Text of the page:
childcare workers

An estimated 7000 childcare workers took industrial action by walking off the job around Australia on September 5 to demand equal pay.

The childcare workers’ strike on International Women’s Day caused me to reflect on the long journey towards equal pay and my personal experience over 50 years of my working life.

My first job as a student was as a conductor on Sydney buses from 1964 to 1966. Bus conductors and teachers were the only jobs that paid women the same rates as men, because there were “manpower” shortages in these industries. However, it was not until late 1966 that women conductors could be promoted to drivers.

On September 8 about 100 childcare workers stopped work across Melbourne to call for equal pay and recognition for their work.

A number of childcare centres, including Dawson St Child Care Co-operative, Monash Community Family Co-operative, Monash Children’s Centre, Monash Caulfied Childcare Centre and East Brunswick Kindergarten and Childcare Centre, closed at 3pm, affecting about 500 children.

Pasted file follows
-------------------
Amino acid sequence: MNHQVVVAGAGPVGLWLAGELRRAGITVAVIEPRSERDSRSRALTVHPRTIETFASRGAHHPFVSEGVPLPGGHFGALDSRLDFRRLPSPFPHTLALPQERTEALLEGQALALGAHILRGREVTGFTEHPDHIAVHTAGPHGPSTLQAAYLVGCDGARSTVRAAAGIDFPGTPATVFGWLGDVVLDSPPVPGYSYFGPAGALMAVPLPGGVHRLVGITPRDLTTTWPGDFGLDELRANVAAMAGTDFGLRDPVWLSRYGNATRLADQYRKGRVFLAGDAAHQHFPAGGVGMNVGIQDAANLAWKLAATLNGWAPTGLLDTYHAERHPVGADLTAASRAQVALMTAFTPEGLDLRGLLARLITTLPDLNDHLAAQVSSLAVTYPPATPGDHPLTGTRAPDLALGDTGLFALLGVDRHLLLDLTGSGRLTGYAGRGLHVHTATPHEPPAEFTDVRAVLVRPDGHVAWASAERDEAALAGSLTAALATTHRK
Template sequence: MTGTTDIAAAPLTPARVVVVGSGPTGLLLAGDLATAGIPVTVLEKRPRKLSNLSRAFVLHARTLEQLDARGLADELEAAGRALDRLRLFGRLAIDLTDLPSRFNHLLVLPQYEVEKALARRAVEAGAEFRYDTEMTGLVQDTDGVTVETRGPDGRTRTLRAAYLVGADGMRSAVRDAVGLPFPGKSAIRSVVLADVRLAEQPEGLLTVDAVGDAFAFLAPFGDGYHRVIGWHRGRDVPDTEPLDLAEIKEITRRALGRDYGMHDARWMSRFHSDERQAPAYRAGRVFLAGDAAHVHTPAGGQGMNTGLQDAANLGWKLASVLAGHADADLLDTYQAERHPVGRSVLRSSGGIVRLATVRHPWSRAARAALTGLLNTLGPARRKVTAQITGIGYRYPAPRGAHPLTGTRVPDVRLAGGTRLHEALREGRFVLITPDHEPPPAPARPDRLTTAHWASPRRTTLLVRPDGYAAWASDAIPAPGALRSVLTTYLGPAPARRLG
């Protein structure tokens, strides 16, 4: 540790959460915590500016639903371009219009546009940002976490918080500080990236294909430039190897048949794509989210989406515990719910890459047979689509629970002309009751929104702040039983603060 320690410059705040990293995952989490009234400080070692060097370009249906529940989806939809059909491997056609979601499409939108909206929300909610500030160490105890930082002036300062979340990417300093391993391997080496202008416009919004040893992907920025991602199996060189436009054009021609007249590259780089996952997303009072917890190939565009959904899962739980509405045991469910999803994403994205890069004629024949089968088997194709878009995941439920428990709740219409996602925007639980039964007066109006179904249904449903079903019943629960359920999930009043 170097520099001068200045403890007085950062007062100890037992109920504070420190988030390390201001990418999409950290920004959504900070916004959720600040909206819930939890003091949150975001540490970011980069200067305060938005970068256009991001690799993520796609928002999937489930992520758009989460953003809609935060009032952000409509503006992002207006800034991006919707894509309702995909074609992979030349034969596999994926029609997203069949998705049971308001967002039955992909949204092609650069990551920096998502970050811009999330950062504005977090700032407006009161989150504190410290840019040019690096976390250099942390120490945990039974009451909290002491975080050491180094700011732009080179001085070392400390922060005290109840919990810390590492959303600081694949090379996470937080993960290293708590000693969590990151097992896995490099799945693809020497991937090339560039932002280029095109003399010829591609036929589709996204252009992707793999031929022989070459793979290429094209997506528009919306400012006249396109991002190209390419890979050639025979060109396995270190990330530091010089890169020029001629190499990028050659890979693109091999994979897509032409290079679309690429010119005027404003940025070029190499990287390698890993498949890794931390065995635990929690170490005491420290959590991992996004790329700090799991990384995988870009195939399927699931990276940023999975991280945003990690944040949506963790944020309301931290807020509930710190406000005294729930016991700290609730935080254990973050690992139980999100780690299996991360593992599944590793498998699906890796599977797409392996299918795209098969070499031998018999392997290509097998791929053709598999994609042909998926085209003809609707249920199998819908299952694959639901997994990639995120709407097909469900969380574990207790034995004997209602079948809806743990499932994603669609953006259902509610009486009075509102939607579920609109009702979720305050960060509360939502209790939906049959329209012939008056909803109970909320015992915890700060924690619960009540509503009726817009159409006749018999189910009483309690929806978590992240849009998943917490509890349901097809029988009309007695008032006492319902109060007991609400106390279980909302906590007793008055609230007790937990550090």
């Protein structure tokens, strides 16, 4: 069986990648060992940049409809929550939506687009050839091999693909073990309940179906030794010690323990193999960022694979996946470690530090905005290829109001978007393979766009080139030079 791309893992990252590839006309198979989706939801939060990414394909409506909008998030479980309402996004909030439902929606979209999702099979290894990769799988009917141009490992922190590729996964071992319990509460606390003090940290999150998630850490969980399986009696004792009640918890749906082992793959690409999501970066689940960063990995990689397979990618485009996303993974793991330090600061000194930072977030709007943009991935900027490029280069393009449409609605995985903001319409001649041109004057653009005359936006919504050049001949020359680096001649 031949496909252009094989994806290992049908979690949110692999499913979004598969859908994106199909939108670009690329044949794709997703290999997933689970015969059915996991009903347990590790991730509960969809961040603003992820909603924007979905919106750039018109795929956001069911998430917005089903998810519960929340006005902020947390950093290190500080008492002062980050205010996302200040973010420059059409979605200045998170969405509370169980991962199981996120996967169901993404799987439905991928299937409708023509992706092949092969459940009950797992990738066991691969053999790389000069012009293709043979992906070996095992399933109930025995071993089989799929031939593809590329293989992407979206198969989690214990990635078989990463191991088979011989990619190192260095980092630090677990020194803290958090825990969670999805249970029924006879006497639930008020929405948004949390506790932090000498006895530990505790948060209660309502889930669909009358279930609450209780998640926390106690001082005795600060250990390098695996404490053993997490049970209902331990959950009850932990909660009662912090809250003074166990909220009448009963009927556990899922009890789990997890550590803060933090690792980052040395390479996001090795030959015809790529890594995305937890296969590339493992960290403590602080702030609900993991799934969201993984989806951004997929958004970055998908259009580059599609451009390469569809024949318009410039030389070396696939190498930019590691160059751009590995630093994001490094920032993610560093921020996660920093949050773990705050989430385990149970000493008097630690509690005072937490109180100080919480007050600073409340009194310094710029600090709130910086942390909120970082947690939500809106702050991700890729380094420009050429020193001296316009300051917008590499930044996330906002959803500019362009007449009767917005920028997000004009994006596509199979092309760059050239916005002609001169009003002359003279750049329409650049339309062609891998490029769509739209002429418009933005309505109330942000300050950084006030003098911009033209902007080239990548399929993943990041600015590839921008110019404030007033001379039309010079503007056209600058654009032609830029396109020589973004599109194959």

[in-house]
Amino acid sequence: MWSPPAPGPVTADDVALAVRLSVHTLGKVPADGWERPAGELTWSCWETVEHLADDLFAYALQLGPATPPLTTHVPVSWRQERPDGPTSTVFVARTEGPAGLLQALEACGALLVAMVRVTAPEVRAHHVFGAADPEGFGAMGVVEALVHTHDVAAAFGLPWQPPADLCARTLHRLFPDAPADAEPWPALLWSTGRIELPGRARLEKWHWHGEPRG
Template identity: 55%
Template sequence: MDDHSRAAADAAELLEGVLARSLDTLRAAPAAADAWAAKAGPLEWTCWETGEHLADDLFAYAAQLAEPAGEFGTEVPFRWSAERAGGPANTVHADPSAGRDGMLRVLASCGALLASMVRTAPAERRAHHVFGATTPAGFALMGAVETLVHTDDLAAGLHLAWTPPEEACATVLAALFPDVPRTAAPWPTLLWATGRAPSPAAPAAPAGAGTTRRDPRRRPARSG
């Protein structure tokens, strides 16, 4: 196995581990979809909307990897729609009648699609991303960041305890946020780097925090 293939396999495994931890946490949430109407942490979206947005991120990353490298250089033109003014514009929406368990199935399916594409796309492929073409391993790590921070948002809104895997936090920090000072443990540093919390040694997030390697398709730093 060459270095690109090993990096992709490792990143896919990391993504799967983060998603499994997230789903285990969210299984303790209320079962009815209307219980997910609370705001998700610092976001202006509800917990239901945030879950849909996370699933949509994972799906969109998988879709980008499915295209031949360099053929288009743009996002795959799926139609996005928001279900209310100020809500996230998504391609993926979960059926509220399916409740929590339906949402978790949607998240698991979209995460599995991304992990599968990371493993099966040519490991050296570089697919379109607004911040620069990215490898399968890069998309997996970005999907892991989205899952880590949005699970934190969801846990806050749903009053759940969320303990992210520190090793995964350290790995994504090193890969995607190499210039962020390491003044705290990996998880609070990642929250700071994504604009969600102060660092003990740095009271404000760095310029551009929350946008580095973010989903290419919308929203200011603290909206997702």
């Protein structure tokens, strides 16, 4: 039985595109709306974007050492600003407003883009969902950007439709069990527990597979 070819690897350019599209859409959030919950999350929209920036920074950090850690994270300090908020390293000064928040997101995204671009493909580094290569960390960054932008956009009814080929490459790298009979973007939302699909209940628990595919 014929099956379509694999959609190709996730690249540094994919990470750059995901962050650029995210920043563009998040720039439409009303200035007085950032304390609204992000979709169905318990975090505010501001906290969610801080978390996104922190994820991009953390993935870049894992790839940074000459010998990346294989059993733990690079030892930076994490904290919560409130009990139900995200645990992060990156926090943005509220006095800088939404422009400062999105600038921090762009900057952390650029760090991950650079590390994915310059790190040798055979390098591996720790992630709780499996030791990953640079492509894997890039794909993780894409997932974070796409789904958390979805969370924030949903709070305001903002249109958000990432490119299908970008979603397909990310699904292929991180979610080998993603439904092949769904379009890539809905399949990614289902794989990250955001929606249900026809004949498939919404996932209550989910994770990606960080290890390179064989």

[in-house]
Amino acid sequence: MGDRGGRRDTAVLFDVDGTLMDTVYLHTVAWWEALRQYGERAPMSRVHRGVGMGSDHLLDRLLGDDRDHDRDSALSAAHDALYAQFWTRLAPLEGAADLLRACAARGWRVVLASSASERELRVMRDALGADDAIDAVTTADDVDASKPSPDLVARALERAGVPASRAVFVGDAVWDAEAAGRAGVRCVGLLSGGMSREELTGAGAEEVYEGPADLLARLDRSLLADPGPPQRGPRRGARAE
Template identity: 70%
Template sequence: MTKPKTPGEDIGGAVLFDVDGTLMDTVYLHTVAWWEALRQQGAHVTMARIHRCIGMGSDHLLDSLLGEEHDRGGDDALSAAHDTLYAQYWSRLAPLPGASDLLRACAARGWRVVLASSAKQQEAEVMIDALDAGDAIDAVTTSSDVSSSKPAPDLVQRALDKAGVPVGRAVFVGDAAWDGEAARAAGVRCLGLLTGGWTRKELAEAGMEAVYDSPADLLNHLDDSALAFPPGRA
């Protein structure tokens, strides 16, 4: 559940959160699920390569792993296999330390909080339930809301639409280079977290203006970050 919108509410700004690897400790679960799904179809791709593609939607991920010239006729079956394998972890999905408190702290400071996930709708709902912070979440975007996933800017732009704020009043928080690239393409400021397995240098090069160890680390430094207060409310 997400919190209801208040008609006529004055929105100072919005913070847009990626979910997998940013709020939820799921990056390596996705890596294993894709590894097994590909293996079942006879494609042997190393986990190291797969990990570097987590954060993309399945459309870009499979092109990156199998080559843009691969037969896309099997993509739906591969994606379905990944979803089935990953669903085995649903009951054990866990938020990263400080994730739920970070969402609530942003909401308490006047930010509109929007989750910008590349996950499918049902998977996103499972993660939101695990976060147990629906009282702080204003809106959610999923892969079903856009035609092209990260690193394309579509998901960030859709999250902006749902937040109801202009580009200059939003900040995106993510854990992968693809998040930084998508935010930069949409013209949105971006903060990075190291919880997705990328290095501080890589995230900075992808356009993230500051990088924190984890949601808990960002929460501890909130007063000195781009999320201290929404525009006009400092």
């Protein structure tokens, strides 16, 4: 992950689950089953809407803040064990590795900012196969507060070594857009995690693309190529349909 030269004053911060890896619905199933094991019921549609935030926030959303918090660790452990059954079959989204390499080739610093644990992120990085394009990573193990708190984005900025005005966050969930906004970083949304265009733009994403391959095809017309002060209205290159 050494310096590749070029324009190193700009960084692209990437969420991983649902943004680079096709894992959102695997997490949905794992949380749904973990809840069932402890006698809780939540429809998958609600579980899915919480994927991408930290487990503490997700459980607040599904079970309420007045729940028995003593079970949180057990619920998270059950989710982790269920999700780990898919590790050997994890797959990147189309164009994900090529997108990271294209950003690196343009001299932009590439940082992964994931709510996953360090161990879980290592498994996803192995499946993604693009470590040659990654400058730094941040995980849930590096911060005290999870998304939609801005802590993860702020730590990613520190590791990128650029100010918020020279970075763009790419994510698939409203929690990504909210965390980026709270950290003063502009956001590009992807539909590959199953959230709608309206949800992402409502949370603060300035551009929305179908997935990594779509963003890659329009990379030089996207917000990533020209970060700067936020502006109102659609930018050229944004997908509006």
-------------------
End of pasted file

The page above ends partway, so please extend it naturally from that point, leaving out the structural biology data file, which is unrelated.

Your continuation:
Childcare workers chained themselves to the entrance doors of Prime Minister Malcolm Turnbull's Melbourne office on International Women's Day, March 8 to demand better pay for the mainly women who work in the industry. The protesters said the 150,000 childcare workers nationally were "woefully" underpaid compared with other educators.
Subscribe to childcare workers